Encyclopedia Of Detroit

Detroit Fire Department

For the first century of its existence, the City of Detroit did not have an official fire department. In the early 1800s, the frontier town of Detroit was made up of crammed-together wooden homes and businesses and used a bucket brigade system to fight fires. Citizens would line up between the fire and the Detroit River and quickly pass buckets of water to slow the blaze. With the city’s expanding boundaries, this process became unreliable and inefficient. The first attempt to control fires was an 1802 ordinance requiring that chimneys be swept and that households maintain a barrel with “ears” (handles for carrying it between two men over a pole) filled with water for any fire exigency, but wasn’t rigorously enforced.

The infamous 1805 fire, a blaze that started on June 11 in a baker’s stable, proved the bucket brigade useless at putting out the conflagration. After Detroit was rebuilt by its citizens, a serious attempt at organizing fire fighters began with the purchase of an engine in 1816 and the formation of volunteer squads.

As the city grew, volunteer fire companies organized to protect neighborhoods. The men were required to have their own equipment, though the city provided hand-operated pumping engines. Fire halls were the bases for these volunteers, where balls, parades and other social events were held. Though the dashing garb of these early firefighters made them something of an elite group, they were unorganized and essentially undisciplined social clubs.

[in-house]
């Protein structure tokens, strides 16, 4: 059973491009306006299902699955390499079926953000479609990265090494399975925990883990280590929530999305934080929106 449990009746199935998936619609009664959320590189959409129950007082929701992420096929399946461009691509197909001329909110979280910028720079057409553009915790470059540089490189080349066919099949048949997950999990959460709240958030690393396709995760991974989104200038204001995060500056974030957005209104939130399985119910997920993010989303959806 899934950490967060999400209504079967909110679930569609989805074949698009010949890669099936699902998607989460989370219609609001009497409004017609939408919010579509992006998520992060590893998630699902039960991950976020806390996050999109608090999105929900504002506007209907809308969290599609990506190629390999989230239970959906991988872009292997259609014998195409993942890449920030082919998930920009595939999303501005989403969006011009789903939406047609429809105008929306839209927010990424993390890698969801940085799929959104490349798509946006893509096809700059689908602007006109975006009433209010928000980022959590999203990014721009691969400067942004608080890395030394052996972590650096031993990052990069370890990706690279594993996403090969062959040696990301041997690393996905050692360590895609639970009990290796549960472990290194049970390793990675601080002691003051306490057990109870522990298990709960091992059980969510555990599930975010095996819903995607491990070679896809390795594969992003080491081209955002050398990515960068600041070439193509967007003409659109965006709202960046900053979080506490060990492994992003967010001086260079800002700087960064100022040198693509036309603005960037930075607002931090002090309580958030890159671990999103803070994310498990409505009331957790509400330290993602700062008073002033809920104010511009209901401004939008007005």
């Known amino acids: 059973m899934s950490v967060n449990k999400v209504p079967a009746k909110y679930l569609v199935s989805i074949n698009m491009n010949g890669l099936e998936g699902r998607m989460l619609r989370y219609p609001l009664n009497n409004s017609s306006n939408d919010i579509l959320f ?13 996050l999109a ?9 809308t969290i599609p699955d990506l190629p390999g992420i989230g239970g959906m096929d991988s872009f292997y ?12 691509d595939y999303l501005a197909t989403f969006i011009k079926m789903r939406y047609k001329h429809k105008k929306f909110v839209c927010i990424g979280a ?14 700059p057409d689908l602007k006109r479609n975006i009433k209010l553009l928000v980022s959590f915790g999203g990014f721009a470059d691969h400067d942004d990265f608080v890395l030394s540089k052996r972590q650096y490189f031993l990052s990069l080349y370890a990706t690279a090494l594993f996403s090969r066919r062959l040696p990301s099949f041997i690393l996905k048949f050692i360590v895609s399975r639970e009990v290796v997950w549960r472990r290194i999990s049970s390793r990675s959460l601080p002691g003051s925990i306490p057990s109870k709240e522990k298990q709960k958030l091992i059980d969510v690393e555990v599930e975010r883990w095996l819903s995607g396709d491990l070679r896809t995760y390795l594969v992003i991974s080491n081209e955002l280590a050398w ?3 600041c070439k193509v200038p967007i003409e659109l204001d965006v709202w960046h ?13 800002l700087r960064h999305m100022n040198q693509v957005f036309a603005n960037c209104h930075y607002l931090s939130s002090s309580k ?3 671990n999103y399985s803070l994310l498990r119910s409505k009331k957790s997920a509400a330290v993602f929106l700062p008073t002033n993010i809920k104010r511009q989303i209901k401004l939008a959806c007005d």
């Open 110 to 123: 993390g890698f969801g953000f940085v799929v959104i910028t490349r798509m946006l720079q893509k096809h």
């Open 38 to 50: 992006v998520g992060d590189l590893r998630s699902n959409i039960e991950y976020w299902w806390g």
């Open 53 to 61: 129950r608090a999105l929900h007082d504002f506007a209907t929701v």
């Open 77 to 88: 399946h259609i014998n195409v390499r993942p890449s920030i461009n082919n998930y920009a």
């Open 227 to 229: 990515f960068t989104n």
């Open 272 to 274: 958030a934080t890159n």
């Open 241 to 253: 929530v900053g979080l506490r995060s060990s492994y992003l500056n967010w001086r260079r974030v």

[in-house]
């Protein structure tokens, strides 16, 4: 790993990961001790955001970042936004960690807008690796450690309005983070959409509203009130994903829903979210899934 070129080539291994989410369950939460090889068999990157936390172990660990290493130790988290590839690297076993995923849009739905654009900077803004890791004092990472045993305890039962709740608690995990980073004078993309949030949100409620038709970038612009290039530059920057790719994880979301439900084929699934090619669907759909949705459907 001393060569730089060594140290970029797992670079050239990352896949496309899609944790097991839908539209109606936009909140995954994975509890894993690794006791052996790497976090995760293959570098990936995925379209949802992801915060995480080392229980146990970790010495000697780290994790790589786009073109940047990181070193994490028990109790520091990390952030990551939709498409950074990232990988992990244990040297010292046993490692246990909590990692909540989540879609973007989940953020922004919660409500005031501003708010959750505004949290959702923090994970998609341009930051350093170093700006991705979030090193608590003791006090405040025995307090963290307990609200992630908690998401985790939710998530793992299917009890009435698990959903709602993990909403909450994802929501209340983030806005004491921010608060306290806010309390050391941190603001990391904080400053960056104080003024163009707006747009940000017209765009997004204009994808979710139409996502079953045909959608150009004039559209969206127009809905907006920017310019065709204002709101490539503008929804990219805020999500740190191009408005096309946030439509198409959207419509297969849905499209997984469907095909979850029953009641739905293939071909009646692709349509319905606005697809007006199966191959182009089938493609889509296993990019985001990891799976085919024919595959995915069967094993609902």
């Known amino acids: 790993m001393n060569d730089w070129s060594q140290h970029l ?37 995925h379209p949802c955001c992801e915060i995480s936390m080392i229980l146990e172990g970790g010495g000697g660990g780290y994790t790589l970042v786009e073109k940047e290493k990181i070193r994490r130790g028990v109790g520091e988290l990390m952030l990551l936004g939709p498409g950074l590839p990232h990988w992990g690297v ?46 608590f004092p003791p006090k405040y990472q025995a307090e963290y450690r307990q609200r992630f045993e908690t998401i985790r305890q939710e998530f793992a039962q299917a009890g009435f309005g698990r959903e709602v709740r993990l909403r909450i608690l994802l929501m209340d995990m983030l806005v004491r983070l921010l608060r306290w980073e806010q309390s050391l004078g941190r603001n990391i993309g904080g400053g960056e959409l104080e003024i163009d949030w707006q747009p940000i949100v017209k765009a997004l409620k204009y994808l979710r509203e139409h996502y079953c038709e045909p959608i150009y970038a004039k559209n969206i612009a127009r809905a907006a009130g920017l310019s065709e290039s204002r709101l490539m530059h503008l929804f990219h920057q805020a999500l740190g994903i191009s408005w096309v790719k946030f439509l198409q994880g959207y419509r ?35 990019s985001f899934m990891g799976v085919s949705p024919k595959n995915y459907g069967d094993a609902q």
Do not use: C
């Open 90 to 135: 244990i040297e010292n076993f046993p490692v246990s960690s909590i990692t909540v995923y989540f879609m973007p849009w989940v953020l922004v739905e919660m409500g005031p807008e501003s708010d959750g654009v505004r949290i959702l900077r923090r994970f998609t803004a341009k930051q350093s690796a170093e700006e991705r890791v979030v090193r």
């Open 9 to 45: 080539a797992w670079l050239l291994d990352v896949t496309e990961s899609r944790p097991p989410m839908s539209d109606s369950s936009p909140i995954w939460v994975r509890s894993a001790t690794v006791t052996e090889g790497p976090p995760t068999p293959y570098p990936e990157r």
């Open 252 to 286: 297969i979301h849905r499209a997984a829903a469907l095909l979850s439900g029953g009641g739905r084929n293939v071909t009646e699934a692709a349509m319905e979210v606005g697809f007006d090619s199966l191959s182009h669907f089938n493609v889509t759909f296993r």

In 1860, the city of Detroit finally hired its first paid firefighters including one engineer, five horsemen, two drivers, and a foreman to operate the first steam fire engine, named “Lafayette No. 1.” The steam pump was housed at the northeast corner of Larned and Wayne streets, was capable of pumping 600 gallons of water per minute, and was pulled by two horses. The following year the fire department purchased two more steam engines that they named “Neptune No. 2” and “Phoenix No. 3.” The Board of Fire Commissioners was established in 1867 to oversee the fire department. In 1892, the city purchased its first fireboat, the Detroiter. By 1902, the wooden boat had begun to rot and the equipment was transferred to a new steel-hulled fireboat named the James R. Elliot, after Detroit’s second fire chief. 

By 1900, Detroit’s population had increased to just under 300,000, and the fire department grew to 476 paid firemen, one fire boat, 423 fire boxes, 3,609 fire hydrants, and 76 pieces of horse drawn equipment. As the world transitioned to motorized vehicles, the fire department reluctantly switched over to the motorized fire engines, manufactured by the Packard Motor Company. On April 10, 1922, more than 50,000 people lined Woodward Avenue to witness the horses’ ceremonial last run to an arranged false alarm at the National Bank Building. The five horses, named Pete, Jim, Tom, Babe, and Rusty, were then retired to Rouge Park. The Horse Bureau had existed since 1886.

Other major events in the history of the Detroit Fire Department include: the hiring of its first black member, Alfred J. Brown in 1894, to be followed much later by Marcena W. Taylor and Marvin White in 1938; the banishment of stations’ dog mascots in 1976 because of possible liability due to dog bites; and the hiring of the first women firefighters, Harriett Saunders, Sandy Kupper, and Theresa Smith in 1977. The first African American fire chief was Harold Watkins in 1988.

Today the Detroit Fire Department has eight divisions that range from firefighting to community relations. The firefighting division consists of approximately 821 firefighters housed in 46 strategic locations throughout the city.



Phoenix Steam Engine 3 at Abraham Lincoln's funeral procession

Metal Fire Chief's helmet

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